Alex [Borstein]said something really smart in an interview the other day. She said that the real test of how well you know a character is whether or not you can take them on the road. Obviously on our show they're literally going on the road doing comedy, but on other shows, you know sometimes they pluck these characters out of their little bubble and put them other places and suddenly the show feels really strange. But it's been really comforting to know that we feel like we know these characters well enough that we can take them to Paris and the Catskills and in this season, Vegas and Miami, and they're still the same people no matter where you take them. It's been really exciting to take them on the road. And we really did travel to Miami this season, which is wild.
Miami in 1960, I'm looking forward to the pastels.
Oh my God. The patterns . . . the hats, forget about it. The hats are insane. We actually built Vegas in Queens, which was a different kind of adventure. But yeah, while they're growing and changing, at the core they are who they are. Amy and Dan Palladino, through their brilliant writing, have crafted these characters so carefully. And three years in, I think we feel like all we have to do is make sure we know our lines and are well-prepared. We put on the hair and makeup and wardrobe and show up and just live in them. That's been really satisfying, although we're still constantly challenged. When we think we have a handle on the thing, they throw us a giant curve ball.
Right, you can't mention an Amy Sherman-Palladino show without talking about the dialogue and its speed and rhythm. It must've been difficult for you diving into that Season 1, but now that we're at Season 3, has it gotten any easier?
Sometimes. Amy is fond of sending these middle-of-the-night texts that are very cryptic and strange. Last season, Marin [Hinkle] got a text that said, "Do you speak French?" before we started the season. She texted me asking, "Can you ride a bike? Could you play ping-pong?" And I was like, what is happening? This season she texted me and goes, "Oh by the way, there's a scene and you're going to perform for 850 people." And I was like, what? And so she definitely keeps us on our toes. Even when we read the first episode this year, it was a bunch of really great scenes that take place on a USO tour. And at the end of the table read, after we'd read the whole thing out loud, she goes, "Oh, and by the way, those first four scenes, that's just one shot. So we're going to rehearse, rehearse." And we were like, "Oh my God." But it's been so thrilling. As an actor, you never get the chance to be comfortable and that's kind of a dream.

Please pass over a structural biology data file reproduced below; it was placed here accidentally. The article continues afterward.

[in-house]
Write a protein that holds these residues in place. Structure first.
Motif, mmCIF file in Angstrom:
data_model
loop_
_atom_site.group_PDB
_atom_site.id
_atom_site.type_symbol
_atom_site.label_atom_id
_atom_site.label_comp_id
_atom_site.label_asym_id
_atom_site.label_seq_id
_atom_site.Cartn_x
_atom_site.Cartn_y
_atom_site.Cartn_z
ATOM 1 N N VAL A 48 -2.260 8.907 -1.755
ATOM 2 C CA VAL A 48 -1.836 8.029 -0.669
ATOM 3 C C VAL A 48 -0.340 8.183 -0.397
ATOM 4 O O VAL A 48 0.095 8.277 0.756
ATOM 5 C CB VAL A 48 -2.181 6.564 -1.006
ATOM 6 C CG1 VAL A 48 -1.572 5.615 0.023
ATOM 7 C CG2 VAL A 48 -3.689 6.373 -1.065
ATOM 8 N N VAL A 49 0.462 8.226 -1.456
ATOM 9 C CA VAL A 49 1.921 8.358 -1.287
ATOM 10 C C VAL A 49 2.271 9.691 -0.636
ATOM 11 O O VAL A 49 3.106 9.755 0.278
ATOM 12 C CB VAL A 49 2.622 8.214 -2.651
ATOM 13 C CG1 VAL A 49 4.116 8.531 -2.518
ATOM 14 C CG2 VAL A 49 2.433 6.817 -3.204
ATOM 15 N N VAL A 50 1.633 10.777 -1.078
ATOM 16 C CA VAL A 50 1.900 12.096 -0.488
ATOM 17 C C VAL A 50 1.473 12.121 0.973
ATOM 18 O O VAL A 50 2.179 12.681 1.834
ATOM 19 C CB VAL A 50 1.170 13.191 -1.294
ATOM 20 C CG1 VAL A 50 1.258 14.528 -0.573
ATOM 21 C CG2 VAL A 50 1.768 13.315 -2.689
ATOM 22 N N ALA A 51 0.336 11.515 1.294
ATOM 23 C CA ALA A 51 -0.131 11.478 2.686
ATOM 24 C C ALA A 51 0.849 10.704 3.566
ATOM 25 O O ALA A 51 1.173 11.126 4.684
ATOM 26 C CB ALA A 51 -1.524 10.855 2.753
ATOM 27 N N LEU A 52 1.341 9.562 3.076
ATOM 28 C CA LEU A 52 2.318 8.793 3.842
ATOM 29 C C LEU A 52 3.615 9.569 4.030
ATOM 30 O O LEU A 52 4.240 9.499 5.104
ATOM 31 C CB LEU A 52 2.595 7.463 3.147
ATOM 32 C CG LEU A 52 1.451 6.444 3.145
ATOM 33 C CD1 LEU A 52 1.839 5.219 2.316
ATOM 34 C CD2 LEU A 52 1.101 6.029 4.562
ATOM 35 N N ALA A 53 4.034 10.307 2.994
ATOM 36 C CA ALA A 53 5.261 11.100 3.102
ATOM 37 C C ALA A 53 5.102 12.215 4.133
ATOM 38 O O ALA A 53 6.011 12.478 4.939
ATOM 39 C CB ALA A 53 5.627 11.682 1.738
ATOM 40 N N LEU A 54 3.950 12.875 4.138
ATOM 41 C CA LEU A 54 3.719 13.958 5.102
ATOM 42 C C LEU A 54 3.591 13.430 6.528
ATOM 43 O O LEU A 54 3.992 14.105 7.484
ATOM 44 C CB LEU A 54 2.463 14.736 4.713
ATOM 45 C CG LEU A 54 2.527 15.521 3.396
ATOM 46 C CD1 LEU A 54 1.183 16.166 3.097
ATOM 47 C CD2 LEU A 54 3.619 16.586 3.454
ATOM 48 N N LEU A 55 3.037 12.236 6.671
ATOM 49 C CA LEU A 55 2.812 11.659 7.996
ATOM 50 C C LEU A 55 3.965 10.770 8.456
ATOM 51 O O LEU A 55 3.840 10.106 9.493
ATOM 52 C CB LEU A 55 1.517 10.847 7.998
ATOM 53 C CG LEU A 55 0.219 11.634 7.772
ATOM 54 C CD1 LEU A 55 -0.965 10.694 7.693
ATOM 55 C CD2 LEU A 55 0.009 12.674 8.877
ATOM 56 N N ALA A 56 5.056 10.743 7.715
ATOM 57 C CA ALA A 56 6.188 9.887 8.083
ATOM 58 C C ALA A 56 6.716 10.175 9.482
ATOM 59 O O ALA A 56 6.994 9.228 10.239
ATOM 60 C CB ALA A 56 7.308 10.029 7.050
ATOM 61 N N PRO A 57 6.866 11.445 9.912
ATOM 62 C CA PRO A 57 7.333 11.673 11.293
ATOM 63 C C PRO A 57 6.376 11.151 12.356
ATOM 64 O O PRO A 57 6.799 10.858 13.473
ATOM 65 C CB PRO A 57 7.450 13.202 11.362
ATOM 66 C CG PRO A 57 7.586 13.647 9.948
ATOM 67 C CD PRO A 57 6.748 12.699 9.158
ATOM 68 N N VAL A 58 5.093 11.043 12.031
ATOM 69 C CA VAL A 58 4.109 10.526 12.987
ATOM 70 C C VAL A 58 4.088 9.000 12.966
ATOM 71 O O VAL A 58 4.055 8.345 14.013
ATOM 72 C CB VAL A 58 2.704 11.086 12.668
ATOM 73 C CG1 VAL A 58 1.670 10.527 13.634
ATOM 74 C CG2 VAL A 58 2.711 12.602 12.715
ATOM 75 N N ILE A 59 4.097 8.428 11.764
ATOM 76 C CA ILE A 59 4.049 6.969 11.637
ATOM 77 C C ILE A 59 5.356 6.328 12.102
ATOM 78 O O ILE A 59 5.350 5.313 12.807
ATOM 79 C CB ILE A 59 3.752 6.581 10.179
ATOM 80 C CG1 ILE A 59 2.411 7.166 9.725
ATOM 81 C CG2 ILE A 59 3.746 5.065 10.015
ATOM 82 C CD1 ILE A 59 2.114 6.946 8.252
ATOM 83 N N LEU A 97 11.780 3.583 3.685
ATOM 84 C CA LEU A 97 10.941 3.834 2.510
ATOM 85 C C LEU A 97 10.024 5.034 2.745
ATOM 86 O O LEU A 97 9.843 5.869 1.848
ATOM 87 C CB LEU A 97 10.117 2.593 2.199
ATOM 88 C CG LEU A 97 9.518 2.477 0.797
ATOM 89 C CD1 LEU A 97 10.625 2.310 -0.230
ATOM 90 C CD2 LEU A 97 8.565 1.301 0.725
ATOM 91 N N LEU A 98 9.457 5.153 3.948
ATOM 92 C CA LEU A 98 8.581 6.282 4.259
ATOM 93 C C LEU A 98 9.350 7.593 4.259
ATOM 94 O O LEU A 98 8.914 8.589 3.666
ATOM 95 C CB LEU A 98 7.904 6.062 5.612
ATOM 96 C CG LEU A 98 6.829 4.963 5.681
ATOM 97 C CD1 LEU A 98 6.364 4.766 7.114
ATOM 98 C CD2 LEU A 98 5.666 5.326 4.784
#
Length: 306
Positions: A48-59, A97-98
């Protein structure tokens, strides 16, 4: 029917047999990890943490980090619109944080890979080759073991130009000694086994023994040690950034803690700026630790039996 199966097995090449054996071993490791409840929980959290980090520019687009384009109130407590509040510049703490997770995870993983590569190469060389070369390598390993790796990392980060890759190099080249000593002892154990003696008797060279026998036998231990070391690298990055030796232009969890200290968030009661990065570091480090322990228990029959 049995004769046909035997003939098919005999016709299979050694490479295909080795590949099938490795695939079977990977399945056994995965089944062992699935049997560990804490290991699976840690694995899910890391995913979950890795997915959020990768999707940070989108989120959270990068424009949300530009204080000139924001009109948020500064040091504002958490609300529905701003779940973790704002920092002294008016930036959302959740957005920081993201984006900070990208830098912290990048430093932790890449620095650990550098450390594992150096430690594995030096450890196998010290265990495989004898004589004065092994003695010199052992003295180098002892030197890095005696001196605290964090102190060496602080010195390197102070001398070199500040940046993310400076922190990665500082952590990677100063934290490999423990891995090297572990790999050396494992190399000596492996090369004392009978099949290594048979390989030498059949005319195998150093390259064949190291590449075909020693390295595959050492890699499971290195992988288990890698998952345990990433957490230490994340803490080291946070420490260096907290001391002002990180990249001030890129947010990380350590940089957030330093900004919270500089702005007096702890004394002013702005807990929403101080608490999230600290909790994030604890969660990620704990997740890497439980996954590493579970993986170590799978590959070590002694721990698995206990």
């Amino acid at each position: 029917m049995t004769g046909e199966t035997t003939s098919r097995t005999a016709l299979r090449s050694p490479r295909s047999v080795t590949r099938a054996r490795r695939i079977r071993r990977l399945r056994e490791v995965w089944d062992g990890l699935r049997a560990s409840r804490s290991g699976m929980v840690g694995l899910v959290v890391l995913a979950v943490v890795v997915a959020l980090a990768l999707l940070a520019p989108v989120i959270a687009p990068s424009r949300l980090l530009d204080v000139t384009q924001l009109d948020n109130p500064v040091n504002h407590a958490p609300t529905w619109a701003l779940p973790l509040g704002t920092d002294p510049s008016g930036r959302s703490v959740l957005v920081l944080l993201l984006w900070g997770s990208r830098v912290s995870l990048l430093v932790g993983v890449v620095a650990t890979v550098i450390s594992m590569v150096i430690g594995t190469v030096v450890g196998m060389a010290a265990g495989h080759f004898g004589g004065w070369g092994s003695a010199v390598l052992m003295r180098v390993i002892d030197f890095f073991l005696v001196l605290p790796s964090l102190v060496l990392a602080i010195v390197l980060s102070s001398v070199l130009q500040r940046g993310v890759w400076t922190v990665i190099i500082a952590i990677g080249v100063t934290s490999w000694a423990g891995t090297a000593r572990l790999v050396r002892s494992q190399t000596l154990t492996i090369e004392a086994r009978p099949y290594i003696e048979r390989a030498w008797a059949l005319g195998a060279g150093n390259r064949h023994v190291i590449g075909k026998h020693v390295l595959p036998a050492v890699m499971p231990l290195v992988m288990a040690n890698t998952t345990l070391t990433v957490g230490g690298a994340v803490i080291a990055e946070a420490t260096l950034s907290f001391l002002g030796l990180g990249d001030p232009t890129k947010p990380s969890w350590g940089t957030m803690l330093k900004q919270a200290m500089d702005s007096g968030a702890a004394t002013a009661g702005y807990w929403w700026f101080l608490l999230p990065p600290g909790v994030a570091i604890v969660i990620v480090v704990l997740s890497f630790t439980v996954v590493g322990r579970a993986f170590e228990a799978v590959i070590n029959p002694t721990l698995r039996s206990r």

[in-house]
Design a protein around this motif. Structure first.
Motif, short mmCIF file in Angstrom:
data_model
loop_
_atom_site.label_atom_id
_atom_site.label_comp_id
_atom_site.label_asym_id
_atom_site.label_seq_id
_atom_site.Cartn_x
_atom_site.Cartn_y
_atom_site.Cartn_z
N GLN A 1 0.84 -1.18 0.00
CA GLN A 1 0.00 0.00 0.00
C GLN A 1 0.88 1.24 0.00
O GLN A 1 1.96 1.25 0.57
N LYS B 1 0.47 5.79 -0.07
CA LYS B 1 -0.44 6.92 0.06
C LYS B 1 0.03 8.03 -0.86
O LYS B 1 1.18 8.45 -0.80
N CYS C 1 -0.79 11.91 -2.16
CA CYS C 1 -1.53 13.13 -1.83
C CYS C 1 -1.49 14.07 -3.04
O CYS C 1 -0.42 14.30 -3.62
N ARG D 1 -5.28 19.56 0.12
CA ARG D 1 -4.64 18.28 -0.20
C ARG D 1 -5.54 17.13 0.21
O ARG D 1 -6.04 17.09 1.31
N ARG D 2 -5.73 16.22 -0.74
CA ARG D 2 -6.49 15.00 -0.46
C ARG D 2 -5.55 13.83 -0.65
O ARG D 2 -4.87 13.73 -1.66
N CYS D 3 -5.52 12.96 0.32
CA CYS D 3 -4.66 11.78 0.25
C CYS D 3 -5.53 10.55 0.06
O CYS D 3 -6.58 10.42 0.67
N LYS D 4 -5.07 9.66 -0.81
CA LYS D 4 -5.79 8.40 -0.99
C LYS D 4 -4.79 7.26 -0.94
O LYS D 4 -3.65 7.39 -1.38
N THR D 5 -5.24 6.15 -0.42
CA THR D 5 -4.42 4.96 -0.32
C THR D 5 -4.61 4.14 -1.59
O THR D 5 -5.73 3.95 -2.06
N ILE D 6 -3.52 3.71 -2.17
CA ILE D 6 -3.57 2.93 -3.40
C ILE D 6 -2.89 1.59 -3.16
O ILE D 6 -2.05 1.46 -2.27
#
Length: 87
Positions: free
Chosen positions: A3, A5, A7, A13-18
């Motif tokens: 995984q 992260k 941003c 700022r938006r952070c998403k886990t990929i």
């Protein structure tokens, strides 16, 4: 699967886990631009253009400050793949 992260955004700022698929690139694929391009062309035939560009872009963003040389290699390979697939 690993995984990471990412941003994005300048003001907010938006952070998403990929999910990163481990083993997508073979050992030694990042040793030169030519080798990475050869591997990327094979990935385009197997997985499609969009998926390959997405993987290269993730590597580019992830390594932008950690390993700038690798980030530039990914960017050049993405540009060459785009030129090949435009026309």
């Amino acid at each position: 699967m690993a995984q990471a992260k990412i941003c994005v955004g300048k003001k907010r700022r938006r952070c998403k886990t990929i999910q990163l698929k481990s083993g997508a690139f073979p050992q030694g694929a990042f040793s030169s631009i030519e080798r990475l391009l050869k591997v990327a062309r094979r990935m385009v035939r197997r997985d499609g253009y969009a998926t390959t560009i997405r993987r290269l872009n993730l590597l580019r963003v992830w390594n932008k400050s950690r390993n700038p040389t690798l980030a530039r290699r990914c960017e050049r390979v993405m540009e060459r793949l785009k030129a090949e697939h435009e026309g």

Does it remind you of doing theater?
Absolutely. We so often joke that we feel like we're doing a play a day without rehearsal. We often don't get a chance to rehearse. We're kind of figuring it out on the day and there's so much choreography between the background actors and the camera operator and us. And it's wild. And when it's magic, it feels like nothing else. You can't capture that feeling, but when it's not working, you just feel like you're drowning.
Do those experiences create a close bond with cast members?
We really have to trust each other. We feel like we're doing daily trust falls and playing ping-pong all the time. We're hitting the ball back and forth and knowing that we're going to keep the volley going.
How has the show grown your acting and challenged you?
In what ways haven't I grown? I mean, doing this show and this job were beyond my wildest dreams. I'd never done comedy and I never thought I would. I didn't really think it was a strength of mine. I was often told it was not a strength of mine and I don't know that I pictured myself in the period. I mean it's been so beyond my wildest expectations at every single turn. I have become, although it's still frightening every day, which is exciting. I've become a lot braver as an actor. This is something that I was pretty certain I couldn't do. Get up in front of all these people and do stand-up having never done comedy at all.
Being around these other actors who are so experienced and so funny and so talented pushes me to be better every day. I've learned so much from them about how to be both in front of and behind the camera. I've learned a lot about leadership on set from Tony Shalhoub, who was on "Monk" for eight years as an actor and a producer, and from Alex, who's been doing this for such a long time and so beautifully, both in the recording booth on "Family Guy" and a whole lot of other stuff in front of the camera too. Marin and Michael, too, it's been a really special experience that I don't feel like I'll be able to fully grasp or articulate for another 10 to 15 years. We're still in the center of it.
It's interesting to be in this lead role as you are, but to be learning and listening constantly from everyone else.
Yeah, I kind of feel like I'm looking at it from the outside, and also just trying to be present in the middle of this crazy whirlwind. I am already and will be forever changed for having worked on this job.
Leading up to the first season of the show, you researched young comics because Midge was going to be going through that experience. Have you continued to research comedy as Midge has grown as a comic?